Presently in Montana, my nephew lies temporarily paralyzed (we hope) from West Nile Virus and Q Fever, both at once, unable to breathe on his own. A healthy robust man, stricken by a mosquito and breathing barnyard dust! My niece’s husband served three tours in Iraq and two tours in Afghanistan, then died of flu early this summer where they live in Oklahoma. Now she has cancer on one of her kidneys. Life seems to go in a straight line and then abruptly take a ninety degree turn.
None of us have a window into the future. None of us know what surprise the immediate road ahead will deliver. Misfortune doesn’t care your age, your status, any aspect of life. It has its way with all of us in one way or other, at one time or other. No one immune has been my experience.
With mid-term elections looming, devastating climate disasters the world over, it’s easy to feel isolated and protected in this idyllic place. Let each of us promise ourselves to be more generous than we intend, more giving, more compassionate with ourselves, our family and our neighbors near and far.
Flo Larson is a Homer Foundation trustee.
Nonprofit Needs for September
Hospice of Homer seeks volunteers for its Volunteer Training in October, and its direct care and equipment volunteers. Call 235-6899 or email firstname.lastname@example.org for more info.
The Homer Community Food Pantry needs frozen meat/fish and fresh produce. Call 235-1968 or come by the pantry on Monday between 9 a.m. and 3 p.m. Other needs are donations of toiletries, dog and cat food, reusable shopping bags. Volunteers also are needed; join the pantry from 9 a.m. to 3 p.m. Monday, lunch included. Contact 235-1968.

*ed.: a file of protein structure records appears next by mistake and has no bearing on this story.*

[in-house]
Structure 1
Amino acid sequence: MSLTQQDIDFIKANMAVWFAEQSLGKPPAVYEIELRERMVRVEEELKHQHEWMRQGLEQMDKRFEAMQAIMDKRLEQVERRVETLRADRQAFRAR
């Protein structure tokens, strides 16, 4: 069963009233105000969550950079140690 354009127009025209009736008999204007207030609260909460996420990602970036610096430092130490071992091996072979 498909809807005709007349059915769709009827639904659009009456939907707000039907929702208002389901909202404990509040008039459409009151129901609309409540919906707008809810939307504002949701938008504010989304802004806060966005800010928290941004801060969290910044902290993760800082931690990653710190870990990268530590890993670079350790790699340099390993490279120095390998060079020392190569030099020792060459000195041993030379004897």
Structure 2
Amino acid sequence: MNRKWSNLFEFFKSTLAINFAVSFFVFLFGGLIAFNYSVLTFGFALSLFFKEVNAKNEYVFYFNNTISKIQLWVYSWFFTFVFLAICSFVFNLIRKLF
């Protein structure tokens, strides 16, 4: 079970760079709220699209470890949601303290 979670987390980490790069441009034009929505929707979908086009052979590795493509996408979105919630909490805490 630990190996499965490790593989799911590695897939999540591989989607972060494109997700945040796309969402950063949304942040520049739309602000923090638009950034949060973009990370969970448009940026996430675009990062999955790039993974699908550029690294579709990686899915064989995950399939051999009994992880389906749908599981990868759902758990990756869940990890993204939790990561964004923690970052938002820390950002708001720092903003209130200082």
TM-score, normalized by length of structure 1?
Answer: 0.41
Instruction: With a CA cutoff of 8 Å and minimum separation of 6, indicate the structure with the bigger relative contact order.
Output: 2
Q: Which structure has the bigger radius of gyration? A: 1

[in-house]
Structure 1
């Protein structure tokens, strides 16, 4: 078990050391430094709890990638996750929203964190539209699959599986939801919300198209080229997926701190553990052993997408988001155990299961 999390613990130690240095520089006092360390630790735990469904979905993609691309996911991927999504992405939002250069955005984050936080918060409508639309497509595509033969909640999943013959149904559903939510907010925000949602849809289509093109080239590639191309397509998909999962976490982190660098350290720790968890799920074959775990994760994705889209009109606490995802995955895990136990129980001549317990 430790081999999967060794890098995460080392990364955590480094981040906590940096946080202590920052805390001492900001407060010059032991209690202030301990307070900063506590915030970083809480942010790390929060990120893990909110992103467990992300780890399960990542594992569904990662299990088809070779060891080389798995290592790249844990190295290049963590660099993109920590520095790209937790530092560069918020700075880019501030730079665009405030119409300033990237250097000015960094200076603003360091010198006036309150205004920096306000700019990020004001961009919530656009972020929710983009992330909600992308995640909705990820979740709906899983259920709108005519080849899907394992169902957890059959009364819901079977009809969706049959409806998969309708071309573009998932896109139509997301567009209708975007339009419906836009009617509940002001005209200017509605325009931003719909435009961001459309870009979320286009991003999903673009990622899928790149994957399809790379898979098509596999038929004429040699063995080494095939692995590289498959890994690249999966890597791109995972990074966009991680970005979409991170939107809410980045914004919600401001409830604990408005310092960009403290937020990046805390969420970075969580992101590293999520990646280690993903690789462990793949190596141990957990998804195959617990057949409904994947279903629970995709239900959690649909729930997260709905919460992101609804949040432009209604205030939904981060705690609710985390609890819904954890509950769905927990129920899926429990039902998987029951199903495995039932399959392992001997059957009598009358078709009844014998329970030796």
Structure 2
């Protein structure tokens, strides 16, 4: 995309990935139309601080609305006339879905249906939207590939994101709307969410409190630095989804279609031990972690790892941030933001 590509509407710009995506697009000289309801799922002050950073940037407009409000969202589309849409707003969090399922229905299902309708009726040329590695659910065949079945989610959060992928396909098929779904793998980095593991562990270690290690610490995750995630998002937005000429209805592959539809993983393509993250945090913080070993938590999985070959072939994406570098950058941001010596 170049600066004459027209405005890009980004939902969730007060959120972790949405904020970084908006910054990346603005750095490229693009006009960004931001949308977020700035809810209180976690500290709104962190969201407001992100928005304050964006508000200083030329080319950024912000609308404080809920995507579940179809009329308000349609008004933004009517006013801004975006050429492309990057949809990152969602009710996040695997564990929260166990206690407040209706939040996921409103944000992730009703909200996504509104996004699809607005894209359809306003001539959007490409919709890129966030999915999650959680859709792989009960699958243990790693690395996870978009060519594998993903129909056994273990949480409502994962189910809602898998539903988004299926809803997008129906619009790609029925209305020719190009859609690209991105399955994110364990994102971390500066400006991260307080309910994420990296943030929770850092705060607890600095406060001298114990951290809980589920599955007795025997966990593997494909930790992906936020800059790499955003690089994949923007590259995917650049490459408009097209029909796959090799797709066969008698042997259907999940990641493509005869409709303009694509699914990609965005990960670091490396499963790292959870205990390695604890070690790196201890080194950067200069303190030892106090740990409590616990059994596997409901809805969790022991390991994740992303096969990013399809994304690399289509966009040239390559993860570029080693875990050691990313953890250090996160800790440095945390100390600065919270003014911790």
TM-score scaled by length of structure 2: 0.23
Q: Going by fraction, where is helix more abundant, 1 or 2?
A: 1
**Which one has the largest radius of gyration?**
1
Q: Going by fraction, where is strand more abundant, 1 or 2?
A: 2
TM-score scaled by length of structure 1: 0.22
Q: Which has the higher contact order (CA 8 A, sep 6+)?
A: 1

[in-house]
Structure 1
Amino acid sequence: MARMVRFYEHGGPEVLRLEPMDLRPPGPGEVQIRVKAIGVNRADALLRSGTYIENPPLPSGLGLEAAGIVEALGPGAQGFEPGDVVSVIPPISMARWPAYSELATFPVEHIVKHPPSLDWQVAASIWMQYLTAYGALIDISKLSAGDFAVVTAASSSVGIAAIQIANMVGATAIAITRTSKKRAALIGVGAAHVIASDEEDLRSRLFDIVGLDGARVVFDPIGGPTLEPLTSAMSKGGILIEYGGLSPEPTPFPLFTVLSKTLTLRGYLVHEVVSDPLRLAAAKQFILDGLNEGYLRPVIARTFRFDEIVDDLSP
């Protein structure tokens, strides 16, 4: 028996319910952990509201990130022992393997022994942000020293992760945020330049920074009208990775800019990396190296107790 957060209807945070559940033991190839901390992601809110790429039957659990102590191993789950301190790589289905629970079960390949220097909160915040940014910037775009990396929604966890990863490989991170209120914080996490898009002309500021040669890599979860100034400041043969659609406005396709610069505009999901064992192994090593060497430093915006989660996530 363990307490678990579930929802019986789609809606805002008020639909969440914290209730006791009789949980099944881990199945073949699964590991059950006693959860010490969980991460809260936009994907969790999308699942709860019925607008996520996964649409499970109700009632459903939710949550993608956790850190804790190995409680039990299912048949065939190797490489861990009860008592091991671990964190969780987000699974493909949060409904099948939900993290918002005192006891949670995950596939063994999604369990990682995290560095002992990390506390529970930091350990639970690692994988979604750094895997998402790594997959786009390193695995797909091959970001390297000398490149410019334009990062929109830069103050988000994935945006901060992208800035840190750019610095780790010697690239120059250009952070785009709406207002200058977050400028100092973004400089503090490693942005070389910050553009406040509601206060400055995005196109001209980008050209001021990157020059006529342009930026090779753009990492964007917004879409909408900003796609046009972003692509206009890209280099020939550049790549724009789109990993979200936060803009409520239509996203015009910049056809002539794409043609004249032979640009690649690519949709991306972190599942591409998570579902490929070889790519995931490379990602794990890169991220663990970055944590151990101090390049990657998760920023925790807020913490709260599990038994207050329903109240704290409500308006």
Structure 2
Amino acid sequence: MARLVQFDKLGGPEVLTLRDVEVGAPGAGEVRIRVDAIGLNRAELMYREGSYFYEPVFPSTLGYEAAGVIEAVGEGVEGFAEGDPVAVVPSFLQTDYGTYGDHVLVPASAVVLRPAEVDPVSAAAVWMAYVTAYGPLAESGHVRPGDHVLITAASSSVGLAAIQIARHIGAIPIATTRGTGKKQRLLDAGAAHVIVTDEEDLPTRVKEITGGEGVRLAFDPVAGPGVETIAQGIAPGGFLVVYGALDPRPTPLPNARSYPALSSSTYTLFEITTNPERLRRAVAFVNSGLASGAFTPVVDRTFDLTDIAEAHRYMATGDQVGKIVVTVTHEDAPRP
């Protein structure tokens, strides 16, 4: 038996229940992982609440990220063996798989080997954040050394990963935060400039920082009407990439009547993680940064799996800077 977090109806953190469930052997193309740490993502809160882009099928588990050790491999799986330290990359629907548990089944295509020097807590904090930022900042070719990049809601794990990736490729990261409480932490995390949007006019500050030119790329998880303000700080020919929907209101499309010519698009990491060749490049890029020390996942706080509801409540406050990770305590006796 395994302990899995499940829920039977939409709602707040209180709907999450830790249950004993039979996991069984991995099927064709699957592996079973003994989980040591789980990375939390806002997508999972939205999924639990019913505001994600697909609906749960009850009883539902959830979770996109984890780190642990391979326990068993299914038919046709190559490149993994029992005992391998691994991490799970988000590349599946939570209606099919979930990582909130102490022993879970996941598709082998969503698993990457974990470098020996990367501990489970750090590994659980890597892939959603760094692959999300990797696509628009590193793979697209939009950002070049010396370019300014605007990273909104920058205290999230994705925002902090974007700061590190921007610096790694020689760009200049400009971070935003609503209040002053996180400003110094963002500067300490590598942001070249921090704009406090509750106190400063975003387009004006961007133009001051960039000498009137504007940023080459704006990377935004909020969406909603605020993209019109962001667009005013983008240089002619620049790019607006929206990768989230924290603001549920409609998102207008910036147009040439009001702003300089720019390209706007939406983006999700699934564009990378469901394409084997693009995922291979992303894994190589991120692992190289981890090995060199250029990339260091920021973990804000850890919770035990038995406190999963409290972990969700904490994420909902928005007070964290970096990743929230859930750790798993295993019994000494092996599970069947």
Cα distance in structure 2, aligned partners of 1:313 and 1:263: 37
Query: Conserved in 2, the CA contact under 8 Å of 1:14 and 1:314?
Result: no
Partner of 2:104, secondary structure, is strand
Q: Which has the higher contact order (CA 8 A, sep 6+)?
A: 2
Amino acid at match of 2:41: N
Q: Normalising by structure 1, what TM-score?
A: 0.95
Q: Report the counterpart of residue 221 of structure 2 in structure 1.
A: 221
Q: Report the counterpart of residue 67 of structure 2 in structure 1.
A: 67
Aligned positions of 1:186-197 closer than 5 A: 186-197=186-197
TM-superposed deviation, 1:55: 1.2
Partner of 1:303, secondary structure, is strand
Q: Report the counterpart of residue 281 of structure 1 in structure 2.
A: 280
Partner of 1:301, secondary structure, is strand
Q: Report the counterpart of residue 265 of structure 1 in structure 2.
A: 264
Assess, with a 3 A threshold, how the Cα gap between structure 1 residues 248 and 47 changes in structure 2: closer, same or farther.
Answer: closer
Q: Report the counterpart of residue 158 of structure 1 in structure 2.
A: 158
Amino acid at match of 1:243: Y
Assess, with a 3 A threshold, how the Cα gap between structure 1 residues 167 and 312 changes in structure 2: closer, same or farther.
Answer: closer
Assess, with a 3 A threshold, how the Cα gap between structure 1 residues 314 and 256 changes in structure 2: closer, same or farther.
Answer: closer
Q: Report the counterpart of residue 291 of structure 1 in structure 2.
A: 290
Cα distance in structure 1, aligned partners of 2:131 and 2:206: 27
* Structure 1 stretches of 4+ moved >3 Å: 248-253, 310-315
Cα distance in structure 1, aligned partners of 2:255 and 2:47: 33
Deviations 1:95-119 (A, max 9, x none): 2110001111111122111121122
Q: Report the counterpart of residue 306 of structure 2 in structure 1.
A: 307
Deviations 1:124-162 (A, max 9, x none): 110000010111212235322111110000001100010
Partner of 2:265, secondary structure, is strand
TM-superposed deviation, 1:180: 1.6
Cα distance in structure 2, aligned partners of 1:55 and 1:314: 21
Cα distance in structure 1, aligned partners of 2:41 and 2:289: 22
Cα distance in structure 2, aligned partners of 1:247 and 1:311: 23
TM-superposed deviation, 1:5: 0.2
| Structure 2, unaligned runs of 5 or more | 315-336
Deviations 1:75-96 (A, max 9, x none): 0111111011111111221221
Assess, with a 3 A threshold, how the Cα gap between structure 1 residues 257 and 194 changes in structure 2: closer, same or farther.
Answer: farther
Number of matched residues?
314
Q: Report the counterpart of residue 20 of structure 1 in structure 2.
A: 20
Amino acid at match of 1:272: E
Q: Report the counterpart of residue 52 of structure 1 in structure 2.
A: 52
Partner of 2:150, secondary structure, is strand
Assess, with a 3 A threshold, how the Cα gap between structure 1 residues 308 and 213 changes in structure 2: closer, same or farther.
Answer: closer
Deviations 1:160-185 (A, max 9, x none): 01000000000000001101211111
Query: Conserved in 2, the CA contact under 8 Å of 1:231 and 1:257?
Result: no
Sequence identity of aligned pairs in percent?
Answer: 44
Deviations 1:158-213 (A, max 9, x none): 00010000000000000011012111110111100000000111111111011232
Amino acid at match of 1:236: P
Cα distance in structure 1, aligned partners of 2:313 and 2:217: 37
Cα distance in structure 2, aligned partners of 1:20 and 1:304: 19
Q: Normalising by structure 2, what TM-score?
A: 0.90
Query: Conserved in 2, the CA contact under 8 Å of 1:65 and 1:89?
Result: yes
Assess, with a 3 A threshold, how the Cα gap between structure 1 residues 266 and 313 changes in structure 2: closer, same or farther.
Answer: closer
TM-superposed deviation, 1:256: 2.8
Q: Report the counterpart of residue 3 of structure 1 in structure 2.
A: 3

Sprout needs diapers (size 5 and 6); sealed, unexpired infant formula; new or gently used baby/young child equipment and toys, bed rail/guard, infant/toddler bike attachment, postage stamps, outlet plug covers for childproofing; safety latches for doors, cabinets, drawers and cupboards; baby gates; furniture to wall fasteners; five-panel baby protect wall with gate. Contact: Mae Remme, email@example.com.
HoWL could use some youth archery equipment. Contact: HoWL Mike, firstname.lastname@example.org.
The Homer Farmers Market needs help on Saturday, Sept. 29, for its Annual Harvest Party. They could use help serving food (arrive by 11:30 a.m.) and also need help breaking the market down on starting at 3 p.m. Contact: Robbi M Mixon, email@example.com.
Haven House seeks donations of the following items: deodorant, dog food, writing journals, daily planners, monthly planners, shaving razors, shaving cream, chapsticks, suction hooks (for showers), arts & crafts-children/adults, swiffer wet jet floor cleaner, and sewing kits (small). Contact: Maggie Lush, firstname.lastname@example.org.
SPARC would gladly accept donations of used roller skates or blades, so more community members can enjoy its new skating activities. They can be dropped off at SPARC weekday mornings or Contact: sparchomer@gmail.